Side Effects

19 Aug

side effects

 

 

Director: Steven Soderbergh

Writer: Scott Z. Burns

Stars: Rooney Mara, Channing Tatum, Jude Law

Motion picture rating: R

Runtime: 106 minutes

 

As a Brit looking at the US there are few subjects that boggle the mind more than the American fascination and part addiction to guns and pharmaceuticals. The former seem to be more deeply debated than the latter, but at their core are similar arguments and interest groups. If the fabulous 2005 film Thank You For Smoking was remade today I wonder if a pharmaceutical lobbyist would be added to the small group of tobacco, alcohol and gun spokespeople. Certainly it makes sense to me. The pharmaceutical business in the US is massive and the Government’s Centre for Disease Control & Prevention has classified the abuse of prescription drugs in the US an epidemic.

This film focuses on prescription drug abuse by Emily (Rooney Mara) during and after her husband Martin’s (Channing Tatum) stint in prison for insider trading. He comes out and hopes to restart his life with Emily, but she becomes distracted, depressed and distant. To counter those feelings Emily’s doctor (Jude Law) prescribes her a new anti-depressant mentioned to him by a friendly psychiatrist (Catherine Zeta Jones) and that Emily had seen advertised on TV. In that period of consultation the director Soderbergh highlights the many ways that liberal advertising rules, widespread drug trials and physicians in the pay of drug company’s combine to flood the US with prescription drugs. And every character in the film appears to be on one drug or other.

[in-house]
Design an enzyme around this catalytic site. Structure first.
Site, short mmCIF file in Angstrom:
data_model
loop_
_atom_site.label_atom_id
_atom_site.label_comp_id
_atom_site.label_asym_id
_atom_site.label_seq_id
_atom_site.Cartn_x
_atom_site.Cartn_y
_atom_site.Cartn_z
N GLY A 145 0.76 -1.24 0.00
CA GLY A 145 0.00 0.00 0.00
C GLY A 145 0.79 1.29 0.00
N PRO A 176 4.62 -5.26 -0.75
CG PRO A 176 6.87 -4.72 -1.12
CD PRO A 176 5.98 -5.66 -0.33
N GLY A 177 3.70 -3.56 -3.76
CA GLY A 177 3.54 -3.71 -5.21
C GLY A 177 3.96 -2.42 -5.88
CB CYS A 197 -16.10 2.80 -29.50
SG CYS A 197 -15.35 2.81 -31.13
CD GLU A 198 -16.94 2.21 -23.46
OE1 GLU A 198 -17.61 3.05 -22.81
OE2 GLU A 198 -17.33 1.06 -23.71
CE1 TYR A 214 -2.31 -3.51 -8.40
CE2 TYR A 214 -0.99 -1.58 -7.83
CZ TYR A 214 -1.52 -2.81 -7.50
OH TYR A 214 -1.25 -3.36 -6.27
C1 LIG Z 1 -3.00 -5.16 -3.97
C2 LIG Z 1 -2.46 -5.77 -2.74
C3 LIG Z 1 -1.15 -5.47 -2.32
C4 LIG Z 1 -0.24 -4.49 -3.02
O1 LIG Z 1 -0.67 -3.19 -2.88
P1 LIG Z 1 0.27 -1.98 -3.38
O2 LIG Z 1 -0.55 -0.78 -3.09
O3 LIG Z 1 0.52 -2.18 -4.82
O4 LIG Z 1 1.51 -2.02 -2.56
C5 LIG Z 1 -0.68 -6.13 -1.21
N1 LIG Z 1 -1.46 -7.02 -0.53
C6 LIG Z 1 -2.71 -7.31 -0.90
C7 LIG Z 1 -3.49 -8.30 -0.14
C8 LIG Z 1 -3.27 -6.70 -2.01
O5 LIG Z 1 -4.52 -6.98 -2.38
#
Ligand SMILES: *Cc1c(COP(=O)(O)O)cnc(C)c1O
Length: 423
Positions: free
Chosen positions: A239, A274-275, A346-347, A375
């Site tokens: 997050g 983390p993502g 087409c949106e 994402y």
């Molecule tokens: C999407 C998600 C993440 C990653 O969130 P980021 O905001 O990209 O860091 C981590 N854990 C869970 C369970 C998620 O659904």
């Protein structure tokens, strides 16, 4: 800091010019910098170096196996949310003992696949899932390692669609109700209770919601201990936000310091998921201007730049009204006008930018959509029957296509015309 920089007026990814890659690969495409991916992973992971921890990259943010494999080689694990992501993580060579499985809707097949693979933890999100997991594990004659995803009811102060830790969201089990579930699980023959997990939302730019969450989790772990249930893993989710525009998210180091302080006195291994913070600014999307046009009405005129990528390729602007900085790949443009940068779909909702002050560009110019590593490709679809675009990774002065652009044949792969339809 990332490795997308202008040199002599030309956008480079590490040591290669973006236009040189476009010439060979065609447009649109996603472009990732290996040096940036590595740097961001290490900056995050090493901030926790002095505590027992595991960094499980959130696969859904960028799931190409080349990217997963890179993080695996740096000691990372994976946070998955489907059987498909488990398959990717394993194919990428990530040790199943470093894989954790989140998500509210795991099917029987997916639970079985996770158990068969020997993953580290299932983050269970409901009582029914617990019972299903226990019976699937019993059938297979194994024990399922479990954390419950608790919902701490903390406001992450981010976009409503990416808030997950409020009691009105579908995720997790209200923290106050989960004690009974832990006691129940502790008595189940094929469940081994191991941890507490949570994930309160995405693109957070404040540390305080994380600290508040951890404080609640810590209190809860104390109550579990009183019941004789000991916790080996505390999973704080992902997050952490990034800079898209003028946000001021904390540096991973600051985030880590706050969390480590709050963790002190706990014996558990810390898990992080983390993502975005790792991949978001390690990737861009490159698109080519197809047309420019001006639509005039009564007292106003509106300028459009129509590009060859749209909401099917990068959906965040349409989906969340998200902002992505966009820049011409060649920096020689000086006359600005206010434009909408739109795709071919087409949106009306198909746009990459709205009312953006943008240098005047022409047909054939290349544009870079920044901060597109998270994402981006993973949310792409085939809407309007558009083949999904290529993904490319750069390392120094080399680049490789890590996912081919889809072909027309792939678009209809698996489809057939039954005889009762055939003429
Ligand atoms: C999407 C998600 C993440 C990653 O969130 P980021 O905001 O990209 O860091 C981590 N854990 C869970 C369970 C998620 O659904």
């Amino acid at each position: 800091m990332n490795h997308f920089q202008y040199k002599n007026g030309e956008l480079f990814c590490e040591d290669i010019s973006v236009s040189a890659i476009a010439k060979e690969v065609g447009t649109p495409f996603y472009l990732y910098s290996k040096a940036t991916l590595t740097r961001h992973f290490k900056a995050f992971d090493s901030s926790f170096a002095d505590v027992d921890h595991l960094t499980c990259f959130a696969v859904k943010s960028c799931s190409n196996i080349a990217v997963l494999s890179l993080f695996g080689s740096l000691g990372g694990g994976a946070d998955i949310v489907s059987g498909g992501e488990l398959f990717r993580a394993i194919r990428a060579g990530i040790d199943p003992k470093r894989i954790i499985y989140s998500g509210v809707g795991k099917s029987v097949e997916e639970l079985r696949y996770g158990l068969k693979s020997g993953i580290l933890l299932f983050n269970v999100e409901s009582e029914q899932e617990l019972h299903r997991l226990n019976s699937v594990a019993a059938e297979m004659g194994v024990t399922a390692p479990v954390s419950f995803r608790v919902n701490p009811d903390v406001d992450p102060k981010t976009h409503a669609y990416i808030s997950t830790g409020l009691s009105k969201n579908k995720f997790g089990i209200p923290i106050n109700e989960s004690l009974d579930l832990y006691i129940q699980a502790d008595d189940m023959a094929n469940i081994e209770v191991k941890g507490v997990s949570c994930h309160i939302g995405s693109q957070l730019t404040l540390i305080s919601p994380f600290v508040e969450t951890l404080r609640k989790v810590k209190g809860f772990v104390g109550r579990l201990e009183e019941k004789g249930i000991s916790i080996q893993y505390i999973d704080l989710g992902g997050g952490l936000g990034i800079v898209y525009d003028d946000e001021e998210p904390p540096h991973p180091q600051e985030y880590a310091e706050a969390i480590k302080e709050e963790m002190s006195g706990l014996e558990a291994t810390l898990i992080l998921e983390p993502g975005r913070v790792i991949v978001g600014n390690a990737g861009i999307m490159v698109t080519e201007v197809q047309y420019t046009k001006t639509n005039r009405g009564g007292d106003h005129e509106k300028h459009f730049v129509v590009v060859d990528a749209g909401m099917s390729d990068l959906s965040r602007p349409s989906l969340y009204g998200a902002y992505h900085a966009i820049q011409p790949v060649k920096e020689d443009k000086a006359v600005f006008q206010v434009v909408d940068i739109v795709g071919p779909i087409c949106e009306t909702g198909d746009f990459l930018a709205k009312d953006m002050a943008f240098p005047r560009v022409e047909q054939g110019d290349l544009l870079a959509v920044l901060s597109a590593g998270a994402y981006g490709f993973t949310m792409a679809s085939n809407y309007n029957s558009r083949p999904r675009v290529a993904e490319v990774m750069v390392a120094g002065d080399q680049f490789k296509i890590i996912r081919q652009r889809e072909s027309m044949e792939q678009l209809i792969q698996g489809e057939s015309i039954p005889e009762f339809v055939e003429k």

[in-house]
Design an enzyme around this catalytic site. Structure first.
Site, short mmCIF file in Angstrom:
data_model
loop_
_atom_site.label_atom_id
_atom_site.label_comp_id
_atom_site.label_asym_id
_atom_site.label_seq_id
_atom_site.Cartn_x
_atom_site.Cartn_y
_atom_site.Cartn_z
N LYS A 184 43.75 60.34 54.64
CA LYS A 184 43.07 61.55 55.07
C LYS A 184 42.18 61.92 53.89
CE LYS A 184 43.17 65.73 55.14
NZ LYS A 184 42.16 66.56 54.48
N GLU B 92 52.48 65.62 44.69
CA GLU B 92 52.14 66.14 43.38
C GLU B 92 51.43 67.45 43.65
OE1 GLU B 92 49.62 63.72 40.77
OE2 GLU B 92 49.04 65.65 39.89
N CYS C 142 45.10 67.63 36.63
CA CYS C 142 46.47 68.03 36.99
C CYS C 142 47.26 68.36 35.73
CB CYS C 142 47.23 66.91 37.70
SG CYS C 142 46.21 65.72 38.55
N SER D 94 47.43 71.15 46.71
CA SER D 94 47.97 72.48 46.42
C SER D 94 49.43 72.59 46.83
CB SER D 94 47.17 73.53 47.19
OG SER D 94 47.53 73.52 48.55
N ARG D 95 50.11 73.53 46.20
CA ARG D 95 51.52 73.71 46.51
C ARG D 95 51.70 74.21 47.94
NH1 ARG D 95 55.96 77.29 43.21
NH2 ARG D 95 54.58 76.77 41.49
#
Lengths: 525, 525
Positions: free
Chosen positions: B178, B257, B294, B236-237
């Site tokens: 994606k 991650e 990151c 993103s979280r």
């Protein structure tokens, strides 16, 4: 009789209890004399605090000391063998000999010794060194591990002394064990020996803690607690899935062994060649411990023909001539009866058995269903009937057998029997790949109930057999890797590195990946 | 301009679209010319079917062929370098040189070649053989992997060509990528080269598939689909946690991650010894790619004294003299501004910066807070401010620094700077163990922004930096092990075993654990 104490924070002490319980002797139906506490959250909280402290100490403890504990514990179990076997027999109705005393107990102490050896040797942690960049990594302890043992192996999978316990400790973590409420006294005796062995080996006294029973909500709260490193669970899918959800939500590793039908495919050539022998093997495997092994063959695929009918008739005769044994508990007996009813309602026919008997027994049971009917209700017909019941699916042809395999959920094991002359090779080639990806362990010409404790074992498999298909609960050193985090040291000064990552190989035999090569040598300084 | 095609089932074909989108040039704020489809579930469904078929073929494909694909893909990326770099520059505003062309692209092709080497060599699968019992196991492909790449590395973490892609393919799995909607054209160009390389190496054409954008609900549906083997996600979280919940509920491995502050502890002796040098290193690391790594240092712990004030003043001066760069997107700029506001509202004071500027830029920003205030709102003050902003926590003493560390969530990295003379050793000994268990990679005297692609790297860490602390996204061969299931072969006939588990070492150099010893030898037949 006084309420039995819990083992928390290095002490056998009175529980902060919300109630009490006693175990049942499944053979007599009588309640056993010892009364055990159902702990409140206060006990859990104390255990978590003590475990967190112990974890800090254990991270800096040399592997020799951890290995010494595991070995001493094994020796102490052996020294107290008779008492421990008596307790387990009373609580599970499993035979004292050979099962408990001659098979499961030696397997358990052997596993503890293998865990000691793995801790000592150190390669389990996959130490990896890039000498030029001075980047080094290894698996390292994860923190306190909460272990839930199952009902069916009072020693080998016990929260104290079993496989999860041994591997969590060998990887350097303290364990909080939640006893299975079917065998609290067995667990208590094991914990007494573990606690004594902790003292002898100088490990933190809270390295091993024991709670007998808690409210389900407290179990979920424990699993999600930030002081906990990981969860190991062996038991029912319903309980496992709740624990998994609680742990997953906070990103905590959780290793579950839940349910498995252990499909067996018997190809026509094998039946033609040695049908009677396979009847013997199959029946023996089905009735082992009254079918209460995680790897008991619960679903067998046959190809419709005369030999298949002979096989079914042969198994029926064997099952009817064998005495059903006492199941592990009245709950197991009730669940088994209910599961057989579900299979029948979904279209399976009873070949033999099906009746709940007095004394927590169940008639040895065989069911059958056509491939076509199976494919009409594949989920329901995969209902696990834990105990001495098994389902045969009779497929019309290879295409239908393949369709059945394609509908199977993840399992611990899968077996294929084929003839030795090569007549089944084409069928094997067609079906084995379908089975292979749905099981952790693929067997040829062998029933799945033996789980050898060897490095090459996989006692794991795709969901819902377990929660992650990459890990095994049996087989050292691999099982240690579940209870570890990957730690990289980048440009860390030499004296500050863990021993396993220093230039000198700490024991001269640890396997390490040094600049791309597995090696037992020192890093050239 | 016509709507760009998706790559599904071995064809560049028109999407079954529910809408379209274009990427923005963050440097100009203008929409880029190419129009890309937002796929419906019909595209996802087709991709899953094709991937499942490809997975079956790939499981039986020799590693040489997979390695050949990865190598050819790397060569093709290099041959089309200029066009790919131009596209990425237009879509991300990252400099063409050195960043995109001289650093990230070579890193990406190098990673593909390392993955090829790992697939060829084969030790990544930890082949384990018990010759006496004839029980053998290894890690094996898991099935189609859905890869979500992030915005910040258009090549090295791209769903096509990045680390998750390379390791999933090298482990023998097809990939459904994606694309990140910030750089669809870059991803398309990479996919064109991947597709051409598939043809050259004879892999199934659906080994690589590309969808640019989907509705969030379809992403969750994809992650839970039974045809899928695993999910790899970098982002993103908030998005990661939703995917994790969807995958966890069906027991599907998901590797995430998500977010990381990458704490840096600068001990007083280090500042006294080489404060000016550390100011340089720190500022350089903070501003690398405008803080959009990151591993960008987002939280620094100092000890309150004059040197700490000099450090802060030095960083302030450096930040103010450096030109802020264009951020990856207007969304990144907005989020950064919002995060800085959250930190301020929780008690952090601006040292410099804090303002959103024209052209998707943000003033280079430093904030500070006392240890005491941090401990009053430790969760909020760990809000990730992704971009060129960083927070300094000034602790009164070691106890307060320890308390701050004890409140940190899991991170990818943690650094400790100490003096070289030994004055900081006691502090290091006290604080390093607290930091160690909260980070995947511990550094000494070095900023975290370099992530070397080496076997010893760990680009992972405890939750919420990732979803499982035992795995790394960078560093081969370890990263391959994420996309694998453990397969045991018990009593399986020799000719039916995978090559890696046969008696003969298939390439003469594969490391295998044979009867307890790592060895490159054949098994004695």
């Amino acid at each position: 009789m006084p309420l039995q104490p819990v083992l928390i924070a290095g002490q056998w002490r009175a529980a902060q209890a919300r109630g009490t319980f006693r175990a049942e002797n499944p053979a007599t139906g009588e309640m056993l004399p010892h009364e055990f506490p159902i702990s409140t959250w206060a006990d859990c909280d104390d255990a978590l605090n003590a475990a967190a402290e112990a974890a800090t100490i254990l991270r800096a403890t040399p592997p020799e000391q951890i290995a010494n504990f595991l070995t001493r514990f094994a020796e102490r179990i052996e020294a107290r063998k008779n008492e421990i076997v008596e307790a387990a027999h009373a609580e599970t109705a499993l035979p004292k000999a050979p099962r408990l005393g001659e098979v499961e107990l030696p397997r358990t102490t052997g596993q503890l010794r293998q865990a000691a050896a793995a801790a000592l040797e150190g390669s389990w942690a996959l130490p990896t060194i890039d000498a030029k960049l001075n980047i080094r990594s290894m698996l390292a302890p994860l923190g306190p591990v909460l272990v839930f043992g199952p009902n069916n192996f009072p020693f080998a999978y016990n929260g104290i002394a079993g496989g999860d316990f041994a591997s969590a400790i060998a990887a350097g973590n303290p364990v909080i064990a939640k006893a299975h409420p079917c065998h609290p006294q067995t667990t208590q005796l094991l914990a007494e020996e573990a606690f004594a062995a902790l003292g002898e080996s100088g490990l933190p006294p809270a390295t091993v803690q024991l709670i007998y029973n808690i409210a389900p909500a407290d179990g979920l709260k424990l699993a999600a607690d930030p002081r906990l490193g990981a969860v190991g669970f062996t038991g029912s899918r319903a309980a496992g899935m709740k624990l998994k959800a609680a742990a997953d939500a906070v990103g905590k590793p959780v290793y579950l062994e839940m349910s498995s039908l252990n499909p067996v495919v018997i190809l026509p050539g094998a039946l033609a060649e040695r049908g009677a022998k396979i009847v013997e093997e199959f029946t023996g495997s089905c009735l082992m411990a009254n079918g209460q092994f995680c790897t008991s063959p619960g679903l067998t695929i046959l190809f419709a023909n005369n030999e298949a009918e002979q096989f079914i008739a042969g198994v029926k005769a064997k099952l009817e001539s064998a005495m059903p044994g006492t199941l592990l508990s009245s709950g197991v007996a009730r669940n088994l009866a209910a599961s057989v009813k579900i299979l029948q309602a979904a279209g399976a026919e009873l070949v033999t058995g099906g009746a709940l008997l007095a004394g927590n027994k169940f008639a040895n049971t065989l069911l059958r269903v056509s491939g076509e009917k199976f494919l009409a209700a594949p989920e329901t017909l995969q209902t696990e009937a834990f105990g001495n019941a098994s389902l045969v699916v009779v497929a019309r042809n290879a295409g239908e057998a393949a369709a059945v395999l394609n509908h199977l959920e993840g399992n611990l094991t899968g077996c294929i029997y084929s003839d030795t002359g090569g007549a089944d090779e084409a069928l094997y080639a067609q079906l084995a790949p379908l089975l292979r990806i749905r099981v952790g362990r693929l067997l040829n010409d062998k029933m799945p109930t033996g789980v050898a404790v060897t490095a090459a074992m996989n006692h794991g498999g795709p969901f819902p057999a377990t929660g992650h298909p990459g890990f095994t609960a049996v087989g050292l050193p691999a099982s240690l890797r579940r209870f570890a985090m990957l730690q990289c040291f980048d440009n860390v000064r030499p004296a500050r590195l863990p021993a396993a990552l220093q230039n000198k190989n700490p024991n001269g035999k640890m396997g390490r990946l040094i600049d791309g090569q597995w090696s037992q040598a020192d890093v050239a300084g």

Mara is becoming a supreme actress and she is first-rate playing the fragile and lost Emily. Her decline once on the new anti-depressant is sadly believable as are the bemusement of her husband and the frustration of her doctor. Tatum and Law do well in support as does Zeta Jones and Soderbergh pulls the strings beautifully. The first half of the film is a smart meditation on the effects of over medication, but the movie then shifts gears.

The second half is more of a thriller. The four main characters are more tightly involved than it first appears and in revealing the connections Side Effects becomes gripping and clever. The change up is handled well enough, but in hindsight this is a case of two different films being pushed together; the polemic on the abuse of prescription drugs and a straight-up conspiracy thriller. The talented Soderbergh gets away with it and Side Effects is an entertaining film, but with so much material it would also have made an outstanding six-part TV series.

One Response to “Side Effects”

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  1. » Movie Review – Side Effects Fernby Films - January 11, 2014

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